George Washington Papers

[Diary entry: 3 January 1787]

Wednesday 3d. Mercury at 53 in the Morning—61 at Noon and 60 at Night.

Moist, warm, and giving all day; with little or no wind. At times it dripped a little of rain and at other times was foggy.

Rid to Alexandria to a meeting of the board of Directors of the Potomack Co. Did the business which occasioned the Meeting. Dined at Lomax’s & returned home in the evening.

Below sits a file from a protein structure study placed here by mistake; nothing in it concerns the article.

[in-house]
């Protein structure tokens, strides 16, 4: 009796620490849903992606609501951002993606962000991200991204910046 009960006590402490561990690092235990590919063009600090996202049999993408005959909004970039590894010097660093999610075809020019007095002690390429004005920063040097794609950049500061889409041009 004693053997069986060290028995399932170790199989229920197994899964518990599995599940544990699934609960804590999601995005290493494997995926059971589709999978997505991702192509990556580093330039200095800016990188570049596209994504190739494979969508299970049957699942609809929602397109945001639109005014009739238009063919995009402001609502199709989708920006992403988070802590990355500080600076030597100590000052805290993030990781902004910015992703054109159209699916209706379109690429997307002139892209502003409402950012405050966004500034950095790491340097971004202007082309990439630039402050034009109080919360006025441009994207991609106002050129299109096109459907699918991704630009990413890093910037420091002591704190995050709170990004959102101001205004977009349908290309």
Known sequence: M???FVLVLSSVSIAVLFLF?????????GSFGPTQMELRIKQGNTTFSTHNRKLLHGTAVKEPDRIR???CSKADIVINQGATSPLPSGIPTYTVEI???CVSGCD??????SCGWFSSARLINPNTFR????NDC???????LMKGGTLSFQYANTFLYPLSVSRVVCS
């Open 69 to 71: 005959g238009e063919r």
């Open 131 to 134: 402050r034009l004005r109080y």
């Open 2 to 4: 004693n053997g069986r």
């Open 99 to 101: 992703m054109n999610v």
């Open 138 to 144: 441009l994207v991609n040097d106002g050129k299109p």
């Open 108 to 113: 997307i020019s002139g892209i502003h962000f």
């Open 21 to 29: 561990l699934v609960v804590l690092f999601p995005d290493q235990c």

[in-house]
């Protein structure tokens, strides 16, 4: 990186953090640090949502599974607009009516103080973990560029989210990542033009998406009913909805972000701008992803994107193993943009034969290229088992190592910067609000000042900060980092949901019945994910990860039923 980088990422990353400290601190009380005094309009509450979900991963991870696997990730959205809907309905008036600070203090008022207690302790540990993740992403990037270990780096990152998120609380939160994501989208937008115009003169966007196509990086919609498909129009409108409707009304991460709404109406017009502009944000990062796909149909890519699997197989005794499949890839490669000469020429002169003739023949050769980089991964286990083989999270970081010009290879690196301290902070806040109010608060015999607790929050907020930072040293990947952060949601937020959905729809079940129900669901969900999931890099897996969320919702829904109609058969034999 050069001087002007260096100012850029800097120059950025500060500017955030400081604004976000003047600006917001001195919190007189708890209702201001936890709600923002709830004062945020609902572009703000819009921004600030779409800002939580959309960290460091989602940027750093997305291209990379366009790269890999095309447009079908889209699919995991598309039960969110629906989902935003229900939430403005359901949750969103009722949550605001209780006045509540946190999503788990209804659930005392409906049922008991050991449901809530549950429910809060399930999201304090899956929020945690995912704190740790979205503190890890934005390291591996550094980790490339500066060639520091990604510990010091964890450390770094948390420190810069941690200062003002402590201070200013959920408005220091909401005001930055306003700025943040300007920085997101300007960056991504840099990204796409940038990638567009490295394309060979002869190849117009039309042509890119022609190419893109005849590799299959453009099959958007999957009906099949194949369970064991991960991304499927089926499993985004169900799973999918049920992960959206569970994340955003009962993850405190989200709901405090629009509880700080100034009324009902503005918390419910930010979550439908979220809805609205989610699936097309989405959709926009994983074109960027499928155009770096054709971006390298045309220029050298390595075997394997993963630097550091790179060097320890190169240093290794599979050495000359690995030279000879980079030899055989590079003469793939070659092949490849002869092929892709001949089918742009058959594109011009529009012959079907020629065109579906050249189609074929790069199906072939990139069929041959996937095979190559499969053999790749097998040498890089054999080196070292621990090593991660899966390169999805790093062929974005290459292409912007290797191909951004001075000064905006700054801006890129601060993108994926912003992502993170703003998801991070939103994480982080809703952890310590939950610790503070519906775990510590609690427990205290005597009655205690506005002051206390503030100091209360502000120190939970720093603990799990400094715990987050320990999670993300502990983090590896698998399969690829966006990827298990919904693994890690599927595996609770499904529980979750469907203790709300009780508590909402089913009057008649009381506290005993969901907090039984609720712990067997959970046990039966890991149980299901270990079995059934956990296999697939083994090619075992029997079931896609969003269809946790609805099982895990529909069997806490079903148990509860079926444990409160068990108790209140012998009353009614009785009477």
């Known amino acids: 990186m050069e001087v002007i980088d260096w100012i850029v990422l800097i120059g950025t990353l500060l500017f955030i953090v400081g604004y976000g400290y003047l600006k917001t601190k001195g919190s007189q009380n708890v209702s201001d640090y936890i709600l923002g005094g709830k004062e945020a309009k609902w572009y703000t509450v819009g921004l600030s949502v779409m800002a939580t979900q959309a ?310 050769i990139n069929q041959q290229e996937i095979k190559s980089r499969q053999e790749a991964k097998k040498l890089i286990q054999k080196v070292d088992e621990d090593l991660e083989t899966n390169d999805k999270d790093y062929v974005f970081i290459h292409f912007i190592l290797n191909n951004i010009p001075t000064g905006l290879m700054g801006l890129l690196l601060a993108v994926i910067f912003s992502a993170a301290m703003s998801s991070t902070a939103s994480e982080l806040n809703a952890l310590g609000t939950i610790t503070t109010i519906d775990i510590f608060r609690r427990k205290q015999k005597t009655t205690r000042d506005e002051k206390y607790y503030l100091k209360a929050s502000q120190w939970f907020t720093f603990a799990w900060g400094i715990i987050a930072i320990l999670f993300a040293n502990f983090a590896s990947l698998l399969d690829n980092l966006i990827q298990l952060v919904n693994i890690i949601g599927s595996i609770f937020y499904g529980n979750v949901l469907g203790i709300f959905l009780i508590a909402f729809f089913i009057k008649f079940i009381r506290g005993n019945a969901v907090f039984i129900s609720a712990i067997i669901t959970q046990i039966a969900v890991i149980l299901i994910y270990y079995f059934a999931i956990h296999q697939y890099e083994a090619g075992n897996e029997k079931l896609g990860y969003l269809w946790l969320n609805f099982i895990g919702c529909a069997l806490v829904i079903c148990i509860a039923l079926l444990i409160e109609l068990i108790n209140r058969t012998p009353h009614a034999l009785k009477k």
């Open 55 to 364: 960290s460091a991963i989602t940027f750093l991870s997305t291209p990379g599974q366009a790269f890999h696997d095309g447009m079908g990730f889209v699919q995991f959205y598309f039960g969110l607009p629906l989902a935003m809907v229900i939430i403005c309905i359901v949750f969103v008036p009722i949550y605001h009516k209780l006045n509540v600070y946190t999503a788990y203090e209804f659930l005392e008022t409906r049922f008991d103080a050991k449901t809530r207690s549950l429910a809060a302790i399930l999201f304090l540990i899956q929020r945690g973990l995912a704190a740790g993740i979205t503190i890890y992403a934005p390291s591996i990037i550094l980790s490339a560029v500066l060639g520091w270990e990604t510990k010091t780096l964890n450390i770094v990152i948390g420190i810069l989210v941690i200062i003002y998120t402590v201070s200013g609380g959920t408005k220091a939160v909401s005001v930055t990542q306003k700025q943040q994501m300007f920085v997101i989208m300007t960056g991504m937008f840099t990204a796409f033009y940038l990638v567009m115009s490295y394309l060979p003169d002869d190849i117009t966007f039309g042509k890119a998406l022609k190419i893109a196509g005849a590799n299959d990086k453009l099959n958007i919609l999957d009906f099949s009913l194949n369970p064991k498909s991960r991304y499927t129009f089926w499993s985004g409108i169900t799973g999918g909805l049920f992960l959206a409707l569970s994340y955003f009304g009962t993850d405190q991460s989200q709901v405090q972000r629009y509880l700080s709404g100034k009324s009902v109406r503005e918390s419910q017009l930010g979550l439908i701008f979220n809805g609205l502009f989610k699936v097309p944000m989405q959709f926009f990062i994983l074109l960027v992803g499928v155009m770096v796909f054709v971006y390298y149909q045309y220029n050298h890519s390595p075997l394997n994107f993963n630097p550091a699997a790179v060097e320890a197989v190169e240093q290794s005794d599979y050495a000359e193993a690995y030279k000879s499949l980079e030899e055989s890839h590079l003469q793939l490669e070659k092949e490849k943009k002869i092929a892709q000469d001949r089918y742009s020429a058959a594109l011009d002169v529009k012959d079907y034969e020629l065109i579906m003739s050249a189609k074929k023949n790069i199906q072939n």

Dug the 10 Rows of Carrots wch. I had sowed between the Rows of drilled Corn at Muddy hole Plantation which turned out as follow—viz.—the first and most Northerly row yielded 3 Bushls. and the next to this 2½ Bushels—the other 8 were measured together and amounted to 14 Bushels—The tops ends and fibres being first taken from the whole. It is to be noted, that these Carrots came up exceedingly thin, whether owing to the Seeds being burried too deep, or to any other cause is not certain—They were even much thinner than the Potatoes in the same field—That the two rows first named were transplanted, the tip ends of the Roots being first taken off; which, or some thing else occasioned them to fork, & branch improperly—that the first of these rows i.e. the one which produced 3 bushels had no sprinkling of dung at the time of Planting—the second (yielding 2½ bushels) had and so alternately though the whole ten rows. The 8 rows not transplanted produced very fair Carrots the medium size of which might be [ ] inches in length and [ ] in circumference about midway the length of them. The greater part of these Carrots too grew in more indifferent land apparently than the Potatoes did tho part of the latter being low was drowned. Notwithstanding this I think there were more plants upon the whole of Potatoes than Carrots in the rows. Hence it appears that in the same kind of Land the latter yields more bushels to the acre than the former—for of Potatoes, 4 rows nearly of the same length as those with Carrots, produced only 6¾ Bush. and the best set one of the 4, two and a ¼ Bushels. The average of which is not quite a bushel and three pecks Whereas the average of the 10 rows of Carrots is nearly 2 Bushels—which of these is most valuable by the Bushel—in feeding or for any farm uses must be determined by experience or the accounts of others. One great advantage seems to attend Carrots and that is that they may remain without any detriment in the ground till this time for those now spoken off appear to have received no damage during the last severe frost. How much longer they woud. have remained unhurt in the ground I can not say.

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